It’s always a good idea to keep an eye on your inverter, or monitoring system, to make sure all the readings are correct and there is no loss of efficiency.

Nature damage

Birds, insects, and rodents can all cause damage to your panels.
Obviously, the avian hooligans are the most problematic.
Droppings, nests, and sharp beaks can all affect the efficiency of your panels by causing shading, damaging the glass and creating a mess all over your roof.
Bird nets are the easiest and most cost-effective way of preventing bird damage.
Nets won’t stop rodents and insects though, for that you may need to investigate the roof to see what you are dealing with … or hire a professional to take a look for you.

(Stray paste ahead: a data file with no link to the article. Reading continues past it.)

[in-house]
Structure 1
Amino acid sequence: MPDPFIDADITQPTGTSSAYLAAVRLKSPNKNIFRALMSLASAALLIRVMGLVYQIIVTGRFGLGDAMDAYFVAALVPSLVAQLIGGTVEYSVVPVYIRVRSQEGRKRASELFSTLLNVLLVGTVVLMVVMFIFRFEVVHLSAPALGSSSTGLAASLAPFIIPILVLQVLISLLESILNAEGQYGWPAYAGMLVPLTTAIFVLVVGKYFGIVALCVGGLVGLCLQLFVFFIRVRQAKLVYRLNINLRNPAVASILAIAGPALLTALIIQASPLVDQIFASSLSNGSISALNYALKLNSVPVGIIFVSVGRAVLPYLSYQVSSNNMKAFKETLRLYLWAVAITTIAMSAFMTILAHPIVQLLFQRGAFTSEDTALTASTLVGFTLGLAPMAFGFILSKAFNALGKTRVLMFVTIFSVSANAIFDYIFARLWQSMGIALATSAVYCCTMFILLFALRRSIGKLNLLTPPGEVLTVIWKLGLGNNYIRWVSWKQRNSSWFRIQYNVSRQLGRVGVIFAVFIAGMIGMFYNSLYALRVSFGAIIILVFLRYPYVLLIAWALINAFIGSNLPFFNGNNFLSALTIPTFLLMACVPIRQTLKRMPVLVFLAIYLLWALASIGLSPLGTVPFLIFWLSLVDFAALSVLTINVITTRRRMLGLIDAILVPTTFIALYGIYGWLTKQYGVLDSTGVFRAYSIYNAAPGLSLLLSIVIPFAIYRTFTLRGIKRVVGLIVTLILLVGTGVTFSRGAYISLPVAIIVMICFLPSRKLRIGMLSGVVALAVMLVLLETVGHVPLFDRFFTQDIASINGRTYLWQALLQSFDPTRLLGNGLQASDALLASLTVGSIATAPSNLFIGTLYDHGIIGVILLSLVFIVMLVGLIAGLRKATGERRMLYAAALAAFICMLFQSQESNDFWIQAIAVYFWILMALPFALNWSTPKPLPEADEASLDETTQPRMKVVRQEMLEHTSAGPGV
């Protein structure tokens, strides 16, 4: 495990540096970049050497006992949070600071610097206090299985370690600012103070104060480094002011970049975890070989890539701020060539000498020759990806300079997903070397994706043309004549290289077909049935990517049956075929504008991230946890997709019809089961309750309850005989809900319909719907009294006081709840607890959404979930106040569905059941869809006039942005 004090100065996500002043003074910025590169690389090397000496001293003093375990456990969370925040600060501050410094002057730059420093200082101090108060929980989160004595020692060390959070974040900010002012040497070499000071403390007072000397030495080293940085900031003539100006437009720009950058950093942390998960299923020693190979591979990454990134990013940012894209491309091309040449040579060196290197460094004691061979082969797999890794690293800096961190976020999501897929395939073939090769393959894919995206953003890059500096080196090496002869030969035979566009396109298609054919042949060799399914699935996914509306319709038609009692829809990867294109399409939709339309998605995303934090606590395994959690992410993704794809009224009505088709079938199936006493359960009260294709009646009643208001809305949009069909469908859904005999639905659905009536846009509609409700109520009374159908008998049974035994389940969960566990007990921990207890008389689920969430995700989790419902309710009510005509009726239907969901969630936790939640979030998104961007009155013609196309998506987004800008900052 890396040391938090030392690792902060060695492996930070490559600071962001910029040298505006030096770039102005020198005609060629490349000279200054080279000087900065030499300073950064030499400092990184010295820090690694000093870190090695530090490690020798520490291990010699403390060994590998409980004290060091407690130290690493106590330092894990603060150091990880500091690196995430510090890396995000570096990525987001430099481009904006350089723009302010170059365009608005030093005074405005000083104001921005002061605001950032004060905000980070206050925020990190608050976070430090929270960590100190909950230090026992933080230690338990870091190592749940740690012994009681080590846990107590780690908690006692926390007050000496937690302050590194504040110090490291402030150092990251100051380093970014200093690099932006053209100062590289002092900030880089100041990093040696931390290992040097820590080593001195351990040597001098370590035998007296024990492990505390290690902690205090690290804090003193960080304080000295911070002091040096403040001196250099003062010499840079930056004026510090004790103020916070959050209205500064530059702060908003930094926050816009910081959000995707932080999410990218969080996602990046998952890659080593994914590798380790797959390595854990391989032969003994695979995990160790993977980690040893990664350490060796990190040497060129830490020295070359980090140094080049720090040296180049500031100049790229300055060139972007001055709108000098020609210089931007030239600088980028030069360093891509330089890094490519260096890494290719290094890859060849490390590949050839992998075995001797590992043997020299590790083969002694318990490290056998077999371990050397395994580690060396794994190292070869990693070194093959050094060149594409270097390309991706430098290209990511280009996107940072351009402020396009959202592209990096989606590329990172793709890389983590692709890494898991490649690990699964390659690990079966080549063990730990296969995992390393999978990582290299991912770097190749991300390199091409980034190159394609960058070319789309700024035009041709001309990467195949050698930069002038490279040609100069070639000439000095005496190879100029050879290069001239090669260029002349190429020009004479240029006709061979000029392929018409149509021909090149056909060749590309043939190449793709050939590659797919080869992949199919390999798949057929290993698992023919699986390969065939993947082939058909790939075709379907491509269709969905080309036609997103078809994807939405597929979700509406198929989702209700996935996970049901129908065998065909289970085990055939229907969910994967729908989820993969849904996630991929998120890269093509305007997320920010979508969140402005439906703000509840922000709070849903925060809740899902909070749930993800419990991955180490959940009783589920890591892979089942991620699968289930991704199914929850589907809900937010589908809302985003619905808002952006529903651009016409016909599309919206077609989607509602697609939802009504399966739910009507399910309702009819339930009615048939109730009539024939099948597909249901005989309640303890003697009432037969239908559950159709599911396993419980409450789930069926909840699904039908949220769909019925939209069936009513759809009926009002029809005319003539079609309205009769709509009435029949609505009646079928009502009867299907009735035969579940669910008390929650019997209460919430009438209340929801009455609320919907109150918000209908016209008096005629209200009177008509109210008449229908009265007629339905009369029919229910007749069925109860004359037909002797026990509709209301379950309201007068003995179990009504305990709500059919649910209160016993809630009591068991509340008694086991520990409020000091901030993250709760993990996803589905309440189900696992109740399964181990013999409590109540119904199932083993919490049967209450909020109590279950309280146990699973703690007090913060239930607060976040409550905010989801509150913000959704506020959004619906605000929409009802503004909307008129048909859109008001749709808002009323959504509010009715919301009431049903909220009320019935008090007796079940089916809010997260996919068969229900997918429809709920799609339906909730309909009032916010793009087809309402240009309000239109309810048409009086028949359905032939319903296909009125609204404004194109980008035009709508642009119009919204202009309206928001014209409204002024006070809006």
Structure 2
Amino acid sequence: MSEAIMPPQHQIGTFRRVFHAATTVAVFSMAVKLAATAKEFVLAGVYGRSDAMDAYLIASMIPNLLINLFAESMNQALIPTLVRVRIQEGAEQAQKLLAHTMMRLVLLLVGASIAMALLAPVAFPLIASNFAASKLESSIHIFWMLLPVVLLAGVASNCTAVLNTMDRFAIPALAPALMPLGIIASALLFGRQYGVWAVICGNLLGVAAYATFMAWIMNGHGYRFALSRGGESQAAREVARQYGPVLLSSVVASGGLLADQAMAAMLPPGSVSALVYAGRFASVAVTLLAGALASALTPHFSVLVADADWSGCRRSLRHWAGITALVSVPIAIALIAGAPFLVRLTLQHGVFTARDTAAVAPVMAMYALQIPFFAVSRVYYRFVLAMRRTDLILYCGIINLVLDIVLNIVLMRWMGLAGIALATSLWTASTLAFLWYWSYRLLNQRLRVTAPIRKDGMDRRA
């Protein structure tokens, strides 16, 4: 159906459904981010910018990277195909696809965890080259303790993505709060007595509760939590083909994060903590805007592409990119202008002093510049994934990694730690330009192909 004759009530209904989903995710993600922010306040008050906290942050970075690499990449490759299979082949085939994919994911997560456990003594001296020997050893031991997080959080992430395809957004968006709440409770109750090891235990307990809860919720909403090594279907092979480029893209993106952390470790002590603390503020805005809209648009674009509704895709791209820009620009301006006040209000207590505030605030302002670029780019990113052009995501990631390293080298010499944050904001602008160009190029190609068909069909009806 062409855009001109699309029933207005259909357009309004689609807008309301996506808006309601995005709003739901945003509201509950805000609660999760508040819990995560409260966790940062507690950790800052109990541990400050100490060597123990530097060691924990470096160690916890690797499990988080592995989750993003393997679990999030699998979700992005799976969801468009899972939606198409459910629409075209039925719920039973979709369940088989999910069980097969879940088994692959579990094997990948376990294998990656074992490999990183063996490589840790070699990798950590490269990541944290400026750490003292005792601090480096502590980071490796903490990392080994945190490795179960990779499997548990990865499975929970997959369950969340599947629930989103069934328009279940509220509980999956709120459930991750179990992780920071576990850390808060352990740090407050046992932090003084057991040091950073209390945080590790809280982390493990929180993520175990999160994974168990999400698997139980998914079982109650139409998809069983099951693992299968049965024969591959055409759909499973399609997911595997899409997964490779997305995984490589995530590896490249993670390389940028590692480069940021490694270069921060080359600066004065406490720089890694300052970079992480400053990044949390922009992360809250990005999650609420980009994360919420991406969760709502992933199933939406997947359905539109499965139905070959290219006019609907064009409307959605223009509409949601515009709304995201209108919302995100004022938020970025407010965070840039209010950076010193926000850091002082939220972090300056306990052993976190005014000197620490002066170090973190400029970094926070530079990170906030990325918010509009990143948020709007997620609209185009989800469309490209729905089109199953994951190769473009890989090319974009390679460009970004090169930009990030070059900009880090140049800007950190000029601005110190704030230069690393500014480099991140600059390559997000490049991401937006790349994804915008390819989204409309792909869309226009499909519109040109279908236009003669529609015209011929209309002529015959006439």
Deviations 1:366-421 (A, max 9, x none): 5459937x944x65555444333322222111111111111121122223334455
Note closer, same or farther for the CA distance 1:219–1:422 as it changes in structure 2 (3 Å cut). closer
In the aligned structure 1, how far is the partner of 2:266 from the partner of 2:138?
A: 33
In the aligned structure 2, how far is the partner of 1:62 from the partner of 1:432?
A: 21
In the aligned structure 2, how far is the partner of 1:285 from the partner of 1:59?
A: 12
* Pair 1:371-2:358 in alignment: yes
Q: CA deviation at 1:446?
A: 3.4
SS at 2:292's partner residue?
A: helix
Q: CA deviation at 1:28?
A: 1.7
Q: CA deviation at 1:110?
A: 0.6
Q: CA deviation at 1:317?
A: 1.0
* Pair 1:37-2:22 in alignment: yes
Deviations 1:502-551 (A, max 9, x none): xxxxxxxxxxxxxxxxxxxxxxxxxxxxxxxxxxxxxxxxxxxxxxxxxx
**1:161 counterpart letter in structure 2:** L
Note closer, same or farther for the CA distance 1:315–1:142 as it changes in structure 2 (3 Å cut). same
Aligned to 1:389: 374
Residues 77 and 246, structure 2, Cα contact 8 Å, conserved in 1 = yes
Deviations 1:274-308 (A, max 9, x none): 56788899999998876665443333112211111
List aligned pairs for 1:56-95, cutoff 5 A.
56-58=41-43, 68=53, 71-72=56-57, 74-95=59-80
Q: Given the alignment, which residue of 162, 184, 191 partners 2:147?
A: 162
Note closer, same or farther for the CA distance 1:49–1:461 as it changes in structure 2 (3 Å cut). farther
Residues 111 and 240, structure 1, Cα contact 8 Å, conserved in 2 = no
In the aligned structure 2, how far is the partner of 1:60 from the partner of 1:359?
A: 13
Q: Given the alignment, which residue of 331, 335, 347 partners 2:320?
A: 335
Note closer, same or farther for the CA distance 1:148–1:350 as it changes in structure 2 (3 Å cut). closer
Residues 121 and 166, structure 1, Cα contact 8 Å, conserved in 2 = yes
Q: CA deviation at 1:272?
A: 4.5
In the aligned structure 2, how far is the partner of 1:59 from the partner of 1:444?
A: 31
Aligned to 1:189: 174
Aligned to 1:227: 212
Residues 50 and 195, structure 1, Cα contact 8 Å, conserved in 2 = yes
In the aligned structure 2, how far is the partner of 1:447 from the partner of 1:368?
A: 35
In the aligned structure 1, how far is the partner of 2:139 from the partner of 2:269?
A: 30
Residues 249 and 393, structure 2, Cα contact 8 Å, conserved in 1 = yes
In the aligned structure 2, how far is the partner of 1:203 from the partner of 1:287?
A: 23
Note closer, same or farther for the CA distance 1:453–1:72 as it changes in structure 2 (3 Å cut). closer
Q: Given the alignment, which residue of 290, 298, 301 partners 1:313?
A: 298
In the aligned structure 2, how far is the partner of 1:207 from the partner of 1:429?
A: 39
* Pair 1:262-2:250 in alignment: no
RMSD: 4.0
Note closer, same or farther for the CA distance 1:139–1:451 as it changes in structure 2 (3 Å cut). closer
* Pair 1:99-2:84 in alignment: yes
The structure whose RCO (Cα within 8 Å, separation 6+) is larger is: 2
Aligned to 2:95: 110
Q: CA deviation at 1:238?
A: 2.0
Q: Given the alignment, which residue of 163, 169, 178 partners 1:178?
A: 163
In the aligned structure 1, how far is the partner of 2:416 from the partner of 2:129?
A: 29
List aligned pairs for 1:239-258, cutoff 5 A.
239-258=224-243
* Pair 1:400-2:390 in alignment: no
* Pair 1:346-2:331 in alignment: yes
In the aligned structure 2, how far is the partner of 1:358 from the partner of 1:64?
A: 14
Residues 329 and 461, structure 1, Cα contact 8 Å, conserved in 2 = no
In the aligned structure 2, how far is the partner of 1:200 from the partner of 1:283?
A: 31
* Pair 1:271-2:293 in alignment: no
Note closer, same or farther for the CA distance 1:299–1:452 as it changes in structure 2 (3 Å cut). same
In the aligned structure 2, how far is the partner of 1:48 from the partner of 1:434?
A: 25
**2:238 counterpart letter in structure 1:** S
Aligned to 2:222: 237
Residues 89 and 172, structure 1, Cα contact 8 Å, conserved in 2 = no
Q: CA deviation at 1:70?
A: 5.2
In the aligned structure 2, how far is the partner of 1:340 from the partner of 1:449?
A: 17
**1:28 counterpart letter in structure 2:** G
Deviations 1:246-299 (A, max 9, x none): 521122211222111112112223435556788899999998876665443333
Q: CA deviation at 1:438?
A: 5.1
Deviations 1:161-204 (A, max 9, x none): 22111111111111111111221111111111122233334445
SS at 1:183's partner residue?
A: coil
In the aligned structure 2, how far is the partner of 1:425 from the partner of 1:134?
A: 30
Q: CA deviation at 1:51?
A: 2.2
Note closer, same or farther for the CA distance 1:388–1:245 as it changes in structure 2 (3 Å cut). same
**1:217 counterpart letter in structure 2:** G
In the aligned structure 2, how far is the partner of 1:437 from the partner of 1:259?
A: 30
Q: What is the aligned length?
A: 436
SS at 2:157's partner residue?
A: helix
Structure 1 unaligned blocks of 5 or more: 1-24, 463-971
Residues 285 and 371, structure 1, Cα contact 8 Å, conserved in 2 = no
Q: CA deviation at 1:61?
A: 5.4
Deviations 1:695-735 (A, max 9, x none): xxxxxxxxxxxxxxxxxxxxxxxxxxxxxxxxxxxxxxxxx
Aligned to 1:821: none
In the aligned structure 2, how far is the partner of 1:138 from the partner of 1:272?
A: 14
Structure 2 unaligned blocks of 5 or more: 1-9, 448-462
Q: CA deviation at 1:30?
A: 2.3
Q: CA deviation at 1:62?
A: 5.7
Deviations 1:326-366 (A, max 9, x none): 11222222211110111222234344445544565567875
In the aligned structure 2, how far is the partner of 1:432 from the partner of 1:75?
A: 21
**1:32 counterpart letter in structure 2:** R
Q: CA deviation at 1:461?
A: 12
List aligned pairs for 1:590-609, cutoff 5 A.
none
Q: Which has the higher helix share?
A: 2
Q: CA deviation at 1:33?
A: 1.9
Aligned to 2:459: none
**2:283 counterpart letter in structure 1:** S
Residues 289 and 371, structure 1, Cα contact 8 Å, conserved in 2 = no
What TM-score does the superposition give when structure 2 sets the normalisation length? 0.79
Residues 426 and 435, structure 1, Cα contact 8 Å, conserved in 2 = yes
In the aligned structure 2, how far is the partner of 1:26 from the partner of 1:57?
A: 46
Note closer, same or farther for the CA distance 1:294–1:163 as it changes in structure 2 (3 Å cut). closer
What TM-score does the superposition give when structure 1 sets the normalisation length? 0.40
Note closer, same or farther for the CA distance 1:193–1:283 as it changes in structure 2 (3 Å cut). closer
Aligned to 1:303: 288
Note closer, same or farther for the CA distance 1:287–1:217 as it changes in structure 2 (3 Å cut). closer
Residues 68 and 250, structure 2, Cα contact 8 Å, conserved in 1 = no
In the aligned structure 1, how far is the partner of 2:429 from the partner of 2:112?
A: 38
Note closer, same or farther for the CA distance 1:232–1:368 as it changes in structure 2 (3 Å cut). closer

And, to be fair, insect damage is exceedingly rare. You may experience some shading if a colony of bees, or similar, make a nest on your roof, but unless there is some kind of insect plague in your area, the panels will be safe from six-legged critters.
Keep an eye out for squirrels though – they can nibble your wires and damage your panels.
They do prefer trees to roofs though, so we don’t need to worry too much about Tufty and his chums.


The myth is: recycling solar equipment is difficult and rarely found,
That just isn’t true.
Batteries and Inverters can be recycled the same way as any other types of batteries and electronic equipment, usually by dropping them at your local tip where specialist companies will take them away and safely use the component parts.